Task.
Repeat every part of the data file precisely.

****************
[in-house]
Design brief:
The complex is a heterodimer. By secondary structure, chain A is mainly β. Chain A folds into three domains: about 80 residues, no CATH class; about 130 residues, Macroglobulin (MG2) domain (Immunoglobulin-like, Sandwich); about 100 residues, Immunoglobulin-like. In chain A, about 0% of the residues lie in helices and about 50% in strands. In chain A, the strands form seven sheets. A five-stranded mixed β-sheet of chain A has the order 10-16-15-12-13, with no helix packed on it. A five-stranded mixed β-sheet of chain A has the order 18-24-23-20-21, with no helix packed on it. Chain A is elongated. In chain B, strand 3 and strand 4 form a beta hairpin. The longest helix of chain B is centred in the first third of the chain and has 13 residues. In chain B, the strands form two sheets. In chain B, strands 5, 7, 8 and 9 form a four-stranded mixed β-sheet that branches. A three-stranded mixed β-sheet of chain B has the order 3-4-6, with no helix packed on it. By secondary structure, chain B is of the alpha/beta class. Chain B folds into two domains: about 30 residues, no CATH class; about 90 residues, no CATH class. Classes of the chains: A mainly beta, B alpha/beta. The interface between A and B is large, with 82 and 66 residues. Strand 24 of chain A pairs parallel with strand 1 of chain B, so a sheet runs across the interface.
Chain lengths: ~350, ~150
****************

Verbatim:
[in-house]
Design brief:
The complex is a heterodimer. By secondary structure, chain A is mainly β. Chain A folds into three domains: about 80 residues, no CATH class; about 130 residues, Macroglobulin (MG2) domain (Immunoglobulin-like, Sandwich); about 100 residues, Immunoglobulin-like. In chain A, about 0% of the residues lie in helices and about 50% in strands. In chain A, the strands form seven sheets. A five-stranded mixed β-sheet of chain A has the order 10-16-15-12-13, with no helix packed on it. A five-stranded mixed β-sheet of chain A has the order 18-24-23-20-21, with no helix packed on it. Chain A is elongated. In chain B, strand 3 and strand 4 form a beta hairpin. The longest helix of chain B is centred in the first third of the chain and has 13 residues. In chain B, the strands form two sheets. In chain B, strands 5, 7, 8 and 9 form a four-stranded mixed β-sheet that branches. A three-stranded mixed β-sheet of chain B has the order 3-4-6, with no helix packed on it. By secondary structure, chain B is of the alpha/beta class. Chain B folds into two domains: about 30 residues, no CATH class; about 90 residues, no CATH class. Classes of the chains: A mainly beta, B alpha/beta. The interface between A and B is large, with 82 and 66 residues. Strand 24 of chain A pairs parallel with strand 1 of chain B, so a sheet runs across the interface.
Chain lengths: ~350, ~150